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Epson Stylus Pro 5500

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Small workgroups of graphic artists seeking a large-format color proofer and comping device found it in Epson's Stylus Pro 5000, a breakthrough printer when it was released a few years ago. With the 5000's successor, the Stylus Pro 5500, Epson has included the photographic and fine-art market in its scope.

The 5500 offers great print quality, excellent performance, and long-lasting prints while retaining the characteristics that made the 5000 an exceptional graphic-arts printer.

Archival Inks and Speed

The Epson Stylus Pro 5500's primary enhancement is the use of pigment-based archival inks--similar to the ones found in Epson's Stylus Photo 2000P--that Epson claims will last more than 200 years when used on specific Epson papers. The device uses six inks and has a maximum print resolution of 2,880 by 720 dpi. Depending on print size and ink coverage, its four high-capacity ink cartridges can produce from 150 to 1,000 prints each. The 5500 can handle page sizes as small as 4 by 6 inches and as large as 13 by 19 inches.

Overall, the Stylus Pro 5500 is close to twice as fast as Epson's consumer ink-jet printers. A 5-by-7-inch photo that took 4 minutes and 22 seconds to print at 1,440 dpi on a Stylus Photo 1280 took 2 minutes and 20 seconds on the 5500. An 11-by-17-inch image took almost 20 minutes to print on the 1280, but it took only 8 minutes and 30 seconds on the 5500.

The 5500's print quality is superb; images printed on Epson's new resin-coated photo semigloss paper are crisp and vibrant, rivaling traditional photographs. Matte-finish and watercolor paper is also available, and the 5500 prints satisfactorily on plain paper. We also printed from a variety of graphics applications, including QuarkXPress and Adobe Illustrator, Photoshop, and InDesign. The 5500 isn't a PostScript printer, but its high resolution and consistent color allow it to create comps that come very close to a final proof. (Epson will offer a $995 software-based PostScript RIP for the 5500 by the end of this year.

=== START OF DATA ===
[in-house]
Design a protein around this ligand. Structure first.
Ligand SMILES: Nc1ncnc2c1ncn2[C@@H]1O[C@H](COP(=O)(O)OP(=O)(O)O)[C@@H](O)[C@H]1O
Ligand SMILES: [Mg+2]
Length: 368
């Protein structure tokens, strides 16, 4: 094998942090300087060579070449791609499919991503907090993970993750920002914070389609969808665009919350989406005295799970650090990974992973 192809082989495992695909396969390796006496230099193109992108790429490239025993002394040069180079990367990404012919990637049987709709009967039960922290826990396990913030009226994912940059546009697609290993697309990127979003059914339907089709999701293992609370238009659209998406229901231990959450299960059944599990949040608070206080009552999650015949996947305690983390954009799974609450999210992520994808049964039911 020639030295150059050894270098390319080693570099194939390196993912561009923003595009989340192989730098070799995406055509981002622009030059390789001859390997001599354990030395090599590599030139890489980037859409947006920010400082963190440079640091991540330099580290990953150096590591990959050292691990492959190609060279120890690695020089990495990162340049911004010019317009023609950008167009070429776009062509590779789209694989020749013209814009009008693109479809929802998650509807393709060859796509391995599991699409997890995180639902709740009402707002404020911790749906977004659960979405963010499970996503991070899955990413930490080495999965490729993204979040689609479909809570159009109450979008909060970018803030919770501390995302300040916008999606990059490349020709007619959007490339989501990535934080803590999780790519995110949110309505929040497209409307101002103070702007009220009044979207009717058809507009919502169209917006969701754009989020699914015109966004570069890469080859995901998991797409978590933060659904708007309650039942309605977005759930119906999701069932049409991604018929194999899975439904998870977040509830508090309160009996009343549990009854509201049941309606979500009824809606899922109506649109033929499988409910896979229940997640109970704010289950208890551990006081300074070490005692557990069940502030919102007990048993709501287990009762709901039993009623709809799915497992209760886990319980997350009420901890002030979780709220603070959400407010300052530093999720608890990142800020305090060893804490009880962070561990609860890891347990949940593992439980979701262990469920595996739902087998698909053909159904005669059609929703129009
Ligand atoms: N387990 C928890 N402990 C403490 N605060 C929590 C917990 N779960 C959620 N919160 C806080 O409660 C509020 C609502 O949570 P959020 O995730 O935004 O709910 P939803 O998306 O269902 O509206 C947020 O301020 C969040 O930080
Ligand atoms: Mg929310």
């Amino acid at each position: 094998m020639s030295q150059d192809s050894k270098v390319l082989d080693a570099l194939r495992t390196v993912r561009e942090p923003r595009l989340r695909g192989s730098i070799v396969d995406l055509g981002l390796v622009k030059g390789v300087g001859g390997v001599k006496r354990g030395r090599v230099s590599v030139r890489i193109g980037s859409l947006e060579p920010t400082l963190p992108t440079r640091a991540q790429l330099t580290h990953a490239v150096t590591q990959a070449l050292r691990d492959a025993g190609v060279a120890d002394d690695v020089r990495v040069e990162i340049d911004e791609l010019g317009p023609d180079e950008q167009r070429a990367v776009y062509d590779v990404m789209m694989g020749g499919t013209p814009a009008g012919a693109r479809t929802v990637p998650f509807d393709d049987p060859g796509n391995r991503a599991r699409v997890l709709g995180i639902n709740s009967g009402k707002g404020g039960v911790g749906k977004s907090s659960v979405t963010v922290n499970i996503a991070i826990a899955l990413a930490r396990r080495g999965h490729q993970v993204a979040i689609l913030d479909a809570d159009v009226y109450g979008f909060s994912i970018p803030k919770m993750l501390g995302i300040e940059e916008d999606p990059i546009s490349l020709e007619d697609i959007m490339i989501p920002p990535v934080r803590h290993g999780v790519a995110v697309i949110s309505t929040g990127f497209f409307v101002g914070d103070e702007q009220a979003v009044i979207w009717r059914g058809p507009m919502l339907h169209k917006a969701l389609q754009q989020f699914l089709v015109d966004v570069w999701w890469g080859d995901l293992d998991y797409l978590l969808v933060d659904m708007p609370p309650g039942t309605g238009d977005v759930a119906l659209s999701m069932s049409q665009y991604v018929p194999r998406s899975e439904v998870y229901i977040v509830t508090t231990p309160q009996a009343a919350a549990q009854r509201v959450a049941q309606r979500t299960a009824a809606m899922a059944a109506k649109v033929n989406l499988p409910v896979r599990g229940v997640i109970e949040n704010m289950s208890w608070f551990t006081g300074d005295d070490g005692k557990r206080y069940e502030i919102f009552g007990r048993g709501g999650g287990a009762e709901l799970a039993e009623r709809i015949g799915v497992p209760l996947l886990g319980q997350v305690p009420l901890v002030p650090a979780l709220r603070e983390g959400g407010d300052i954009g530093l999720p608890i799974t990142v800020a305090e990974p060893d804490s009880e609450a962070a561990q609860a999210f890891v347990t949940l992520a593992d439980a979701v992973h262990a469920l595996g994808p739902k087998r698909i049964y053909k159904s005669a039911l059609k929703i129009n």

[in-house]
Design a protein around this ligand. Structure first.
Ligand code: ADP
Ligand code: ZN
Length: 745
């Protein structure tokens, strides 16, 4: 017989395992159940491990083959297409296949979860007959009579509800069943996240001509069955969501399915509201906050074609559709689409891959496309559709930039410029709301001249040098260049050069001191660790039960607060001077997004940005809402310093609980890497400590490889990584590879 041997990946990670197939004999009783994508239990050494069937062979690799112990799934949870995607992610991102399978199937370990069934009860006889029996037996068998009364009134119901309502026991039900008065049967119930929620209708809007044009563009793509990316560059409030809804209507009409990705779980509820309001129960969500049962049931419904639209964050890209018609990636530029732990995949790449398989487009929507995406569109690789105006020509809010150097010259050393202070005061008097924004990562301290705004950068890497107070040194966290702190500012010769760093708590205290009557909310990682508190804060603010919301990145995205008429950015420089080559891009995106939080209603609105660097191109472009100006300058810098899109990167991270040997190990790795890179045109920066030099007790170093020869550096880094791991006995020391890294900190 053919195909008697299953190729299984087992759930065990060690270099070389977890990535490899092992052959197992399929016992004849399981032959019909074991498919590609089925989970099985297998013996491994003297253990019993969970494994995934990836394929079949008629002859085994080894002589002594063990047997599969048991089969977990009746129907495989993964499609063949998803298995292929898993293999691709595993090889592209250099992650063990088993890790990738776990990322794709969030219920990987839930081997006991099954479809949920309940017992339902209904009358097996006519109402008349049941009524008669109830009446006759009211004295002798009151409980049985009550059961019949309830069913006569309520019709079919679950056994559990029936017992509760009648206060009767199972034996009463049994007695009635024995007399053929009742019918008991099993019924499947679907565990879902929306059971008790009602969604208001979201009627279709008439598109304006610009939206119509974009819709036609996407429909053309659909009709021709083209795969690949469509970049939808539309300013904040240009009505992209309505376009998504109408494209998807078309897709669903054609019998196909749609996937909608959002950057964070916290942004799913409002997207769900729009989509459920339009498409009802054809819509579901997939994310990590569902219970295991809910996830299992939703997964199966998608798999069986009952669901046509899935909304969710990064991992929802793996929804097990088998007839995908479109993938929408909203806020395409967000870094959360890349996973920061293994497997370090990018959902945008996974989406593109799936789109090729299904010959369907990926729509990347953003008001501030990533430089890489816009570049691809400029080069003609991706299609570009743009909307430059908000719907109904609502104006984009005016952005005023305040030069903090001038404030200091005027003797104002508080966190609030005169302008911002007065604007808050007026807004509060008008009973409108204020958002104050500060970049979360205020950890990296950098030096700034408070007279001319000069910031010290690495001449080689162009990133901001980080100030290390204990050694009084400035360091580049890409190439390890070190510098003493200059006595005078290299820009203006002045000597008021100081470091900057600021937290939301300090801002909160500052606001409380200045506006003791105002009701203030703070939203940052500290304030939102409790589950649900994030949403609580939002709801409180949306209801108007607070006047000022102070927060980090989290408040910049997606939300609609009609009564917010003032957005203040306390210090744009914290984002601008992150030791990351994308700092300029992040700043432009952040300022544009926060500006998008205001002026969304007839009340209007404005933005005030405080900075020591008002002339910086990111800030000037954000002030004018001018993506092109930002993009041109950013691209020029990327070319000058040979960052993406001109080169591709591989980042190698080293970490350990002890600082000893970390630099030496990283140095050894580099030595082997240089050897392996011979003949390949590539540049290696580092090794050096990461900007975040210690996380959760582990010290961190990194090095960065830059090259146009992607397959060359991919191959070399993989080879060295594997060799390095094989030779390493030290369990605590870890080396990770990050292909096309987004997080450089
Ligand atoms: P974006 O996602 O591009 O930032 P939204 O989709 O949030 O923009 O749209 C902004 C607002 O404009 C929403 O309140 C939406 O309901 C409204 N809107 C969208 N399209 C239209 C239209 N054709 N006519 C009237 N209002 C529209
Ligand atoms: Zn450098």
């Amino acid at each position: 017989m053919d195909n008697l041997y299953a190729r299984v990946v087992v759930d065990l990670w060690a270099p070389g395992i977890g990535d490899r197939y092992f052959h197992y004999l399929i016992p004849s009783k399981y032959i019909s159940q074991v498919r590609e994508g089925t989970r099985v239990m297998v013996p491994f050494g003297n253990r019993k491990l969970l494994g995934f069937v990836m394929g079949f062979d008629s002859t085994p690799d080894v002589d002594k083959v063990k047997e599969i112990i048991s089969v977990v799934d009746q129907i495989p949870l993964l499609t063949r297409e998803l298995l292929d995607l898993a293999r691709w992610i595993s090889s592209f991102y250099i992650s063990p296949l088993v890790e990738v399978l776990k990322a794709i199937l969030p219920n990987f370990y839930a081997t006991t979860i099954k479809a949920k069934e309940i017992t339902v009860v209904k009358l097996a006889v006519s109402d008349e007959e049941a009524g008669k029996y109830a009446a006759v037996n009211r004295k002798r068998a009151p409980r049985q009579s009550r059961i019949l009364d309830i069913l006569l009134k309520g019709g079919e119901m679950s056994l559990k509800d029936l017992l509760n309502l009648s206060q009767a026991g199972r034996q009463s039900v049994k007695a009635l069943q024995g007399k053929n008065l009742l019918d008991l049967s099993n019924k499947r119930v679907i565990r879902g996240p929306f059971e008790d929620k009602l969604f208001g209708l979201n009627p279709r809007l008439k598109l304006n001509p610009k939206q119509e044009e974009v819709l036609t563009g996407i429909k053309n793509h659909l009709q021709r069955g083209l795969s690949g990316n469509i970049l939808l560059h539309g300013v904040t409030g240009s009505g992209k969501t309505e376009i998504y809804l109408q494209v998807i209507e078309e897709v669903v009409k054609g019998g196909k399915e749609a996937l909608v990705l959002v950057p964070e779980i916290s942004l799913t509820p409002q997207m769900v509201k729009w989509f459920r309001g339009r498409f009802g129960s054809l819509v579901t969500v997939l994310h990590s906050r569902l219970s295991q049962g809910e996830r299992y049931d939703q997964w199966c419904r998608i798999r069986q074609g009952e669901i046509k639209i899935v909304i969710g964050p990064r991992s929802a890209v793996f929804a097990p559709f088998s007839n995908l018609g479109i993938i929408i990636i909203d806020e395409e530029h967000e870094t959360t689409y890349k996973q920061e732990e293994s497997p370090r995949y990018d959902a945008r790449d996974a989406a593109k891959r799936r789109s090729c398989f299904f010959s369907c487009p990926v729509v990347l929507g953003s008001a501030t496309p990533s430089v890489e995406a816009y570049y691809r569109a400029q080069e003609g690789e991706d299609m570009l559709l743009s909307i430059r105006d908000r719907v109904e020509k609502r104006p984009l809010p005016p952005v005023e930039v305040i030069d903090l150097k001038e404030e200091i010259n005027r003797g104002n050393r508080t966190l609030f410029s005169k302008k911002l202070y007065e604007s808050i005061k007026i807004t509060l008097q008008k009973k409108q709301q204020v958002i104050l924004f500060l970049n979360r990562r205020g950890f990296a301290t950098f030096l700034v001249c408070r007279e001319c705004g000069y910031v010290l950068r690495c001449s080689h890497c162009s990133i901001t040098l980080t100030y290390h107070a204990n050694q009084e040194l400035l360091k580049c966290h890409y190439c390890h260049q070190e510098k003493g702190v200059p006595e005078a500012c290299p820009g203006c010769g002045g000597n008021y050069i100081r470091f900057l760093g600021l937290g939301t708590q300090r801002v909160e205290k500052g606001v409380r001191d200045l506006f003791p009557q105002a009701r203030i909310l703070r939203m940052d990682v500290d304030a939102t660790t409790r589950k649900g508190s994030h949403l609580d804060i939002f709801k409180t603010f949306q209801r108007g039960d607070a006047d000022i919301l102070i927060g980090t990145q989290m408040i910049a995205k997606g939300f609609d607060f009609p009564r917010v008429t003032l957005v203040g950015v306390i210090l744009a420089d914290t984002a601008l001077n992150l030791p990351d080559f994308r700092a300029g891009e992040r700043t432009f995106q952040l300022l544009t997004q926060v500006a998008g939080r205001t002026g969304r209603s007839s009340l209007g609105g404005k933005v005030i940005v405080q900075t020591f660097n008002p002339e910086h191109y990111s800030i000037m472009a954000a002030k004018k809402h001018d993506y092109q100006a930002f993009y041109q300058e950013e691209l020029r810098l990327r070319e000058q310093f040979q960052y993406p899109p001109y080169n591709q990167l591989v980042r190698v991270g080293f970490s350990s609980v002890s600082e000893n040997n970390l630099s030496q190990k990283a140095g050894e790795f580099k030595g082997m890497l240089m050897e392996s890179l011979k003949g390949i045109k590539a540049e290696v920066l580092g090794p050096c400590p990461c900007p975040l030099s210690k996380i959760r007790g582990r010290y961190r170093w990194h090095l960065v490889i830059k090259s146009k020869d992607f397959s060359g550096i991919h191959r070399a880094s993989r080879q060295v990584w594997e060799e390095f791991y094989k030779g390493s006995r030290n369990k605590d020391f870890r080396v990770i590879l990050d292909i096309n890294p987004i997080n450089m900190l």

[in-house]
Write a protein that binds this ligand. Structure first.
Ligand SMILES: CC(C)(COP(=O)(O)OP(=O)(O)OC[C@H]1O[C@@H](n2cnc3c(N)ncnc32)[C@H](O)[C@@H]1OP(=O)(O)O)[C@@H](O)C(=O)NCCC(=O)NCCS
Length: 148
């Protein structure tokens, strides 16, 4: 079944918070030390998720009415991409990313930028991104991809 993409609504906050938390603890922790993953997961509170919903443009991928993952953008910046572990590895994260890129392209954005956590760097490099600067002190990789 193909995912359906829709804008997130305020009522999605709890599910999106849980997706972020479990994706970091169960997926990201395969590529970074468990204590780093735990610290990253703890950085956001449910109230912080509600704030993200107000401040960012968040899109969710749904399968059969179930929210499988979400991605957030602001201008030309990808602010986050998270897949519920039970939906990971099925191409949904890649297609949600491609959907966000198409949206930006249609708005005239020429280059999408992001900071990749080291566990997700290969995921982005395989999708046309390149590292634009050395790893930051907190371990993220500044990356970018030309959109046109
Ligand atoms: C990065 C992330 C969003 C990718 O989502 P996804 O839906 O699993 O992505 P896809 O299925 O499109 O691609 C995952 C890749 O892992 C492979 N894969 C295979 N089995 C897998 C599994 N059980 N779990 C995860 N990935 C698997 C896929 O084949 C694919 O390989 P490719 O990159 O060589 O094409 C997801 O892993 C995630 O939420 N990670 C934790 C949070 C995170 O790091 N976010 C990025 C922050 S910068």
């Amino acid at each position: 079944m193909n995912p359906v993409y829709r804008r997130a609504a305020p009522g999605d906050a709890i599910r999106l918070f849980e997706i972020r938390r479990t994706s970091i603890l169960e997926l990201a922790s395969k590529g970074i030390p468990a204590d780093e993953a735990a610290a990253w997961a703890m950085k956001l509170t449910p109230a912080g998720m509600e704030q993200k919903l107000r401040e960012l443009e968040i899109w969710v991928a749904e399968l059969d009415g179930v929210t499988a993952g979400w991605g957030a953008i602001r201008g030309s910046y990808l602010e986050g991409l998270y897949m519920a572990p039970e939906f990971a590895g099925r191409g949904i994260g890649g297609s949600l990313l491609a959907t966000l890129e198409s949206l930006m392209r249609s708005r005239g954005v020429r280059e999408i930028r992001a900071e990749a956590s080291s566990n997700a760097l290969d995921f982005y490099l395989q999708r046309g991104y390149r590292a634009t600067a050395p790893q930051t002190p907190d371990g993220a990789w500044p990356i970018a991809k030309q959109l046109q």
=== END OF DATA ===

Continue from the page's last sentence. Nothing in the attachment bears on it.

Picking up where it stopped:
Metamerism Be Gone

Epson claims that the 5500's smaller ink droplets (the smallest ink dot is 3 picoliters) prevent the color-shift problems that afflicted the 2000P when printing neutral-toned or black-and-white images. This phenomenon--known as metamerism--causes a print to look different depending on lighting conditions. Our tests corroborated Epson's claims: images that exhibited a severe color shift when printed on a 2000P showed significantly less metamerism when printed on a 5500. It isn't entirely gone--metamerism is a characteristic of pigment inks--but the 5500's output is much more balanced than Epson's earlier pigment ink-jets.

The only problem we encountered with the Stylus Pro 5500 was a relatively minor one--an occasional paper jam when we used the manual-feed slot on the printer's back. Another annoyance is that if you're using Mac OS X, you'll have to wait until the end of the year for a print driver with only limited features. And a full-featured driver won't be ready until Carbonized versions of Photoshop, Illustrator, and QuarkXPress are released.

Macworld's Buying Advice

For heavy-duty prepress comping, the Stylus Pro 5500 is unbeatable. Its archival inks, excellent print quality, and great performance make it a fine choice for artists and photographers, as well as graphic artists.m

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